Published on March 28, 2017.
Here’s a sign of our parlous times: An invitation to dine with the President of the Philippines has become politically fraught. Instead of the privileged act of mutual courtesy it has traditionally been (the President honors the citizen with the invitation, the citizen pays his or her respects to the President by accepting the invitation), it is now a simplistic political test. If you show up (say at a private dinner with senators), you will be seen as an ally of the President’s. If you are seen laughing at some of the President’s risqué or offensive jokes, you will be criticized by his critics. And if you are the duly elected vice president, you will be warned about the risks of falling into a trap.
In keeping with the schizophrenic quality of some of President Duterte’s rhetoric, the invitation to Vice President Leni Robredo and her three daughters came after he both ruled out the possibility that she was involved in any destabilization campaign against him and also suggested that she was eager to replace him. It also comes in the wake of the controversial dinner between the President and the members of the newly reconstituted majority in the Senate.
Should Robredo accept the President’s invitation?
Several reasons help explain why the question has become unfortunately necessary in our time. Here are four to start with:
The President has made partisans of everyone. After confessing right after the election that he needed to change his tone and act more like a statesman, President Duterte has recommitted himself to a narrow vision of the presidency: He says the position of statesman does not exist, and he did not run to be one. He has said he was the president of 16 million (the number of voters who cast their ballot for him last May), and often deploys language that assumes two nations rather than one: the masses versus the elite, peace and order champions versus bleeding-heart human rights defenders, Duterte supporters versus Yellows, Mindanao versus Manila. Not least, he promotes an either-or, somos-o-no-somos mentality. The result has been ramped-up partisanship unseen since the Snap Election of 1986.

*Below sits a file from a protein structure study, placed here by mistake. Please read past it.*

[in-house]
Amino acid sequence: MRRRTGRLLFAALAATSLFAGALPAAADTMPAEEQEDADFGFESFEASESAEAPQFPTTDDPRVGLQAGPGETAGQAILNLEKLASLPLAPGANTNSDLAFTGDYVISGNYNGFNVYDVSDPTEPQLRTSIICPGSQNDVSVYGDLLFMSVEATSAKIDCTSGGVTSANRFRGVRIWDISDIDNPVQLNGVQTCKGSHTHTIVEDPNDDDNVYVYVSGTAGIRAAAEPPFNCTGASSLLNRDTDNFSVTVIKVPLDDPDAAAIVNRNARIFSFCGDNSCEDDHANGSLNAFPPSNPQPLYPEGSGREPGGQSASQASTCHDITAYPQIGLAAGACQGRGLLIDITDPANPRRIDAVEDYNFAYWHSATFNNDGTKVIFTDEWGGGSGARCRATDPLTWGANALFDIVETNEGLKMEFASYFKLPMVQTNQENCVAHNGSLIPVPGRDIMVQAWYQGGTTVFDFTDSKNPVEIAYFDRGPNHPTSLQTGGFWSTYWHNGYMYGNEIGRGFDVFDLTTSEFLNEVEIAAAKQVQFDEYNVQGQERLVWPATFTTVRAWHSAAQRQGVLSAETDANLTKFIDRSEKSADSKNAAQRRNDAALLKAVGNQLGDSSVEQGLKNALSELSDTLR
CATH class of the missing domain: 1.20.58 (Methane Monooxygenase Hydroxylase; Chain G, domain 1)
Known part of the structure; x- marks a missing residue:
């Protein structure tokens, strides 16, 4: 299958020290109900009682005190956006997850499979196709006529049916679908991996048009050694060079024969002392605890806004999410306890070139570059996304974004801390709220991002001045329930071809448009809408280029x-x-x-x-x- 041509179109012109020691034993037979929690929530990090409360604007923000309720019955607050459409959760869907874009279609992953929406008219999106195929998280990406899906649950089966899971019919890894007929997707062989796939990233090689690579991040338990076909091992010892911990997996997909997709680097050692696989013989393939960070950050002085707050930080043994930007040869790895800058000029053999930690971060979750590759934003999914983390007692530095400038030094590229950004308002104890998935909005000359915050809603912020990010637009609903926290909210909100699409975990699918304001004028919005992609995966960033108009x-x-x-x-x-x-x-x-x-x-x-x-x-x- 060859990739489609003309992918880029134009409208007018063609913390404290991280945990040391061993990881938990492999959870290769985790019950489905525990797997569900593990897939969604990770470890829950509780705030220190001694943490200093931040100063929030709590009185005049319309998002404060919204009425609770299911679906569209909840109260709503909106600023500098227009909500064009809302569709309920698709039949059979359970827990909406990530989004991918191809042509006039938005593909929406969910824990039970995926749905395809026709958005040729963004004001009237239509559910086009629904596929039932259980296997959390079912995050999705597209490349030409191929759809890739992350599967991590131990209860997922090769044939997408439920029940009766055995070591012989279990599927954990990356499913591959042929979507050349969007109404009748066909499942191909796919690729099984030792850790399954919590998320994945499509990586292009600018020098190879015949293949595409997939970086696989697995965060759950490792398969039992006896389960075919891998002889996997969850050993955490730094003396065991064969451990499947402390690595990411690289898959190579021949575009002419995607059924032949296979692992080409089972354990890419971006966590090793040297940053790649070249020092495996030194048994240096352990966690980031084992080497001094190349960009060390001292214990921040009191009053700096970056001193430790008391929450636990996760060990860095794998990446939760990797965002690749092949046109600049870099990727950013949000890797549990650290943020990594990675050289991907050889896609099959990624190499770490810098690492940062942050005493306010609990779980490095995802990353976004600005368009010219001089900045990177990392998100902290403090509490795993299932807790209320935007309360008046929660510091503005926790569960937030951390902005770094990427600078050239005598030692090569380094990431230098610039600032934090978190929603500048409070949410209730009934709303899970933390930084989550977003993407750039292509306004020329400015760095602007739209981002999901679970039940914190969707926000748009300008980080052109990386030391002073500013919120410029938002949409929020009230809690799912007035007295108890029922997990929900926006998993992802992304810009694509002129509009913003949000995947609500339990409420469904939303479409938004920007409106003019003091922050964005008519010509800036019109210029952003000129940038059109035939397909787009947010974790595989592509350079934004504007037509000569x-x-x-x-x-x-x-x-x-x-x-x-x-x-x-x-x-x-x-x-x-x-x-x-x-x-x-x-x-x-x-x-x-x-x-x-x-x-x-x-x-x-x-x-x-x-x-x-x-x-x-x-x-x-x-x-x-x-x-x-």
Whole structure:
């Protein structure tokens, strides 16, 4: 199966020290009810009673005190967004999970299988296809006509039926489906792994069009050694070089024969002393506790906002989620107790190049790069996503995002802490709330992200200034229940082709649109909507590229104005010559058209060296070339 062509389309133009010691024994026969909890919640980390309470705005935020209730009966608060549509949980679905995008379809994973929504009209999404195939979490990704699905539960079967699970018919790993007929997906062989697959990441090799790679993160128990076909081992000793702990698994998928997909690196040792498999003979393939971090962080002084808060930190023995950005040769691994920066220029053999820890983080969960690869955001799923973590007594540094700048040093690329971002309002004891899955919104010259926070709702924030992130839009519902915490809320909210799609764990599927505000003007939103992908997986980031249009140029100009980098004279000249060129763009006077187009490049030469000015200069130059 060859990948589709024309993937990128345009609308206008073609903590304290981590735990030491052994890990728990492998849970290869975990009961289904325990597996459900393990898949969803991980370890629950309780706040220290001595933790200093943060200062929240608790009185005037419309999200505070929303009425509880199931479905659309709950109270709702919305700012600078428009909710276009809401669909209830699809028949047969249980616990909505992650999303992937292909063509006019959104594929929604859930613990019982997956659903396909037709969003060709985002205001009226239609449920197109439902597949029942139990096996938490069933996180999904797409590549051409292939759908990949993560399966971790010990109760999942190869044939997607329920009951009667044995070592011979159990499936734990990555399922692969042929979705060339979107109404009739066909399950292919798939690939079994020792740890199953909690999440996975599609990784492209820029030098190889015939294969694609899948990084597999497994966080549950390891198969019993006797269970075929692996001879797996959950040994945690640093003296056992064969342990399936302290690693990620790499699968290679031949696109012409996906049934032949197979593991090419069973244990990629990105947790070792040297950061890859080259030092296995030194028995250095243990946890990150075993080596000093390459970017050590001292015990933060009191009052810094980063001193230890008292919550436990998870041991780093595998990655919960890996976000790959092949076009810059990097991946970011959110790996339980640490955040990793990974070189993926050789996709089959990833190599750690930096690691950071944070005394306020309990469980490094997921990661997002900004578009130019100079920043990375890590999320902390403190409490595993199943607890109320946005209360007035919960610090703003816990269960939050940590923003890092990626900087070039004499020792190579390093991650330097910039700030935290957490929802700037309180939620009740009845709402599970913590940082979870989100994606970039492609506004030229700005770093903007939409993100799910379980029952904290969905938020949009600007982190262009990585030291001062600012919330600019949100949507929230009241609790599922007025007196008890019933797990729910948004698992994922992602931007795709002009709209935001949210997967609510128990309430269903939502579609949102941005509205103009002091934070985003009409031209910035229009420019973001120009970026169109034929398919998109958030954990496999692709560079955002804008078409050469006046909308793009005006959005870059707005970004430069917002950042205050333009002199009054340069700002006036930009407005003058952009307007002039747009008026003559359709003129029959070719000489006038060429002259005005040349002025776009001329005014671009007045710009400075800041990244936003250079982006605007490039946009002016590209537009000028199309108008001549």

The opposition has demonized the President. To increased partisanship, (some) opposition politicians have responded in kind. Senators Leila de Lima and Antonio Trillanes—the two incumbent officials who had heavily criticized Mr. Duterte even before he won Malacañang—have concluded that there is no working with President Duterte. We may or may not agree with them that the conditions have reached the point of crisis, or that the President is no longer capable of reversing himself on a so-called war on drugs that kills mostly poor and unarmed noncombatants, but we recognize that when the language of “good versus evil” enters public discourse, the dividing line becomes real. People must take sides.
The President says one thing, but does another. In the same way that key administration officials are moving to dislodge anti-mining warrior Gina Lopez from her position as environment secretary despite the President’s repeated protestations of support for her, allies and alter egos of the President continue to work on the transparently flimsy impeachment initiative against Robredo. It is still possible to imagine Speaker Pantaleon Alvarez as acting on his own, but Justice Secretary Vitaliano Aguirre? The controversy-saturated secretary backs the impeachment of Robredo because he reads that as his principal’s true intention. Ditto for the nobodies and wannabes trying to catch the President’s (or the Marcos family’s) attention. They are doing what they are doing on behalf of the President.
Social media use encourages simplistic thinking. Consider the collective meltdown a couple of weeks ago, after Sen. JV Ejercito posted pictures of majority senators dining with the President. Much of the negative feedback assumed that presence at the dinner meant support for the President’s entire program of government. This is a mistake; senators are not Supreme Court justices, and it is part of their responsibility to talk policy with the President.
Given all these, should the Vice President accept the invitation? Her options are limited, but declining it would be the trap: The bridges would have been burned, but she would be perceived as having started the fire.